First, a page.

RIVERSIDE (CNS) – Riverside County‘s toll stands at 2,960 cases and 93 deaths.
The latest figures reflect reports by health officials Tuesday of 113 new confirmed cases and eight more fatalities.
Of the 240 people hospitalized with COVID-19, 72 are being treated in intensive care units — or 30% — down from 72 on Monday, according to the Riverside University Health System.
The documented number of people who have recovered from the virus stands at 757 — up by 57 from Monday.
Riverside County’s public health officer said Tuesday that coronavirus cases are now growing at a much slower rate, telling the Board of Supervisors that “targeted” removals of restrictions tied to the COVID-19 emergency may continue in the coming weeks.
“Overall, the (growth) trend is blunting,” Dr. Cameron Kaiser said during the board’s meeting. “It’s possible that restrictions can be relaxed or modified without losing protection.”
Emergency Management Director Bruce Barton told the supervisors that only about half of the county’s hospital beds were occupied, though two-thirds of ICU beds were full. Ventilator usage for respiratory failures stemming from COVID-19 and other hospitalizations were at one-third capacity.
Projections by Kaiser and other county health officials earlier this month predicted far broader burdens on health care resources by this point amid the pandemic.
Earlier statistical modeling had showed the possibility of 65,000 infections and 1,000 deaths by the first week of May. But health officials altered their predictions last Wednesday, saying the county is now expecting one-fifth of those numbers — less than 13,000 cases and 200 deaths.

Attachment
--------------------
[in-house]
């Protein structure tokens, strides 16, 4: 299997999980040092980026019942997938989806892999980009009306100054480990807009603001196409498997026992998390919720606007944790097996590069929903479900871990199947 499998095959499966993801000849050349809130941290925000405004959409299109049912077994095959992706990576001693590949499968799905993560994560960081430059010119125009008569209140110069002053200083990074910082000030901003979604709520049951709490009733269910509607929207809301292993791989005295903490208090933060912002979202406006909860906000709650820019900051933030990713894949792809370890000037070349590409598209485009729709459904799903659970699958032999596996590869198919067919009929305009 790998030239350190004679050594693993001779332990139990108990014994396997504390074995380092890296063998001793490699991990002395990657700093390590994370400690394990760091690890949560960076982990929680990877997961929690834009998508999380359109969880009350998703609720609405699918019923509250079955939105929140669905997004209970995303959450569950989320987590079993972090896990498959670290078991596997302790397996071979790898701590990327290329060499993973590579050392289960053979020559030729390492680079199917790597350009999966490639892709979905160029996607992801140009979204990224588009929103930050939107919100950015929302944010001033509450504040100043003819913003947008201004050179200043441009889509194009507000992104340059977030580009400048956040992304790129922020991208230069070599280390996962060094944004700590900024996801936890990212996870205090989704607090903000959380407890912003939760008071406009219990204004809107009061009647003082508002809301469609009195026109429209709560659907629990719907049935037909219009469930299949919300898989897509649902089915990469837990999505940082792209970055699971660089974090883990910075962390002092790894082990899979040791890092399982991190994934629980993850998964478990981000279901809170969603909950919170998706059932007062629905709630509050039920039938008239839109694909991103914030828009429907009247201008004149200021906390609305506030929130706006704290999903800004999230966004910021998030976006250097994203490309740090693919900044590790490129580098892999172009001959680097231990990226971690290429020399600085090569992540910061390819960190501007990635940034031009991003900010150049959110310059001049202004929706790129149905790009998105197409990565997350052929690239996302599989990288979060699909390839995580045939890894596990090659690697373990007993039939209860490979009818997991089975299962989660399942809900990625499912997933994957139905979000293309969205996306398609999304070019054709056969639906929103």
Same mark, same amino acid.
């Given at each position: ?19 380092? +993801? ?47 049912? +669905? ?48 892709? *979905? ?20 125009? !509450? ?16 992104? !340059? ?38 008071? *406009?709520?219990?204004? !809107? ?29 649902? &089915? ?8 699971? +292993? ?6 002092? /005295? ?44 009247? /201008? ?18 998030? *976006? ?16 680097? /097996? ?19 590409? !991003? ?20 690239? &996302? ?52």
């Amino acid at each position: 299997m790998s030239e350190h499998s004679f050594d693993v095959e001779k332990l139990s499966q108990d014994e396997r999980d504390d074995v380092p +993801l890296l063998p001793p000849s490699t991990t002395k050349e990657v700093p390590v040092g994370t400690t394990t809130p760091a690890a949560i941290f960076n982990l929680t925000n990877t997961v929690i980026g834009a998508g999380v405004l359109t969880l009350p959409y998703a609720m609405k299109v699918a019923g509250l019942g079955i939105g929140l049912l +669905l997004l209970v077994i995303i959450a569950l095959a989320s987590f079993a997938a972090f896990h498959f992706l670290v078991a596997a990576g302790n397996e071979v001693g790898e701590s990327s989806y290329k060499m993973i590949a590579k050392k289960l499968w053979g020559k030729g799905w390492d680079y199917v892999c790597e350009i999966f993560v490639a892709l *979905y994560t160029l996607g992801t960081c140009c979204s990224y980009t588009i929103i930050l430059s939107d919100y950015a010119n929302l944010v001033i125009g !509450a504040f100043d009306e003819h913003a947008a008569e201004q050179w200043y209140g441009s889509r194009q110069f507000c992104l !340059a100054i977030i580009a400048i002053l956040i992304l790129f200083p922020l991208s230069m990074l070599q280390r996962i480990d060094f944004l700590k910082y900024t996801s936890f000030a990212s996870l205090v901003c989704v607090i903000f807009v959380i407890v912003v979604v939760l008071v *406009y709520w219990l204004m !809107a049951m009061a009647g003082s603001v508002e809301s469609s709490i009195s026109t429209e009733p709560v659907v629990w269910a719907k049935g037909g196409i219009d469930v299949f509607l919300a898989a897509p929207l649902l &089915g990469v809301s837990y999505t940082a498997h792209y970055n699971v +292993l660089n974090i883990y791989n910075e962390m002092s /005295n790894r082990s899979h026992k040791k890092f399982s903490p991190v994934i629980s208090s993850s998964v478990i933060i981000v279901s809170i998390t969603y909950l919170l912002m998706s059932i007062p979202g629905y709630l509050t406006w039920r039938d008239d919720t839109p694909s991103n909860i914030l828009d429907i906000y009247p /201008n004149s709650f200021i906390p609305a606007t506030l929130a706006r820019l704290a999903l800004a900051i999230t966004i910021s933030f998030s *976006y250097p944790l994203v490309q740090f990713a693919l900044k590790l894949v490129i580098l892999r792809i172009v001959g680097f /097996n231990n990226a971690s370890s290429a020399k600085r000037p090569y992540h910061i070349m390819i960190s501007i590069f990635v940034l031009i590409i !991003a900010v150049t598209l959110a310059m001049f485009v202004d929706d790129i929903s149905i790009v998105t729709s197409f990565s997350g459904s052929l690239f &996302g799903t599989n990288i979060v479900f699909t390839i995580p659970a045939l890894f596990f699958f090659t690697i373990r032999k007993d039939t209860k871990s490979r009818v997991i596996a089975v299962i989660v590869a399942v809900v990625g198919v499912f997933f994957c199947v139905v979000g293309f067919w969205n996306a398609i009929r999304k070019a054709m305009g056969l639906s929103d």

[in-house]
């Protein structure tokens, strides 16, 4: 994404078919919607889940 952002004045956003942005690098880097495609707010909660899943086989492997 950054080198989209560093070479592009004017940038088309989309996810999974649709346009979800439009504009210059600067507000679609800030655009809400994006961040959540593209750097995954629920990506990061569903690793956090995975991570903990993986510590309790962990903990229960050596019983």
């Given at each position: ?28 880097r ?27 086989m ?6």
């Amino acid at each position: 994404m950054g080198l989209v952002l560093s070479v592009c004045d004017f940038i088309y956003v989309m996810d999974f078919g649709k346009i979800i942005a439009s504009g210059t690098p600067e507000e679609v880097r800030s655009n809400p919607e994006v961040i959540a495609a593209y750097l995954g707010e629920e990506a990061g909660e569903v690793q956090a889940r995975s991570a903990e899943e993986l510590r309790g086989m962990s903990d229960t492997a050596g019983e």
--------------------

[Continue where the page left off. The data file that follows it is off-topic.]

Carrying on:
The so-called “doubling rate,” a key metric RUHS officials have pointed to as an indication of unchecked viral spread, has also fallen. As of last Wednesday, it was taking more than a week for confirmed cases to double, an improvement from two weeks ago, when the number was less than five days.
All Riverside County residents can now get tested for the coronavirus if they make appointments over the phone in advance. Tests were previously reserved for only symptomatic patients, but health officials said the policy was changed in order to collect more data about the virus’ spread in an effort to pinpoint when containment measures can be eased.
Kaiser said on Friday he’s concerned about the lack of youth COVID-19 infections, fearing an unknown number of children may be dormant carriers of the virus, raising the potential of renewed spread.
“We don’t know how many are out there,” he said. “We will need time to find out and right-size our response.”
It was previously announced the county can test up to 10,000 people per week.
About 31,928 people have been tested countywide at the four RUHS-run sites — in Indio, Lake Elsinore, Perris and Riverside.
Riverside County’s fifth testing site is set to open up today at the Blythe Fairgrounds. It is scheduled to be open for four days, until Saturday, when officials will reassess whether demand for testing in the area necessitates keeping the site open.
The Board of Supervisors, meanwhile, voted Tuesday to approve formation of a task force that will team with Riverside County agencies and private sector entities to identify policies and measures that can lift the region out of the fiscal doldrums as the coronavirus emergency comes to an end.
“We need voices and decisions that can move quickly,” Supervisor Kevin Jeffries said before casting his vote with the rest of the board to support creation of the Economic Recovery Task Force. “We’re going to go into a time we potentially have never seen. Time is not on the side of businesses that have been closed. We need proactive and safe policies.”
Board Chairman Manuel Perez and Supervisor Karen Spiegel introduced the task force concept, citing the need to explore measures and actions that will “put our workforce back to work,” according to documents posted to the board’s agenda.
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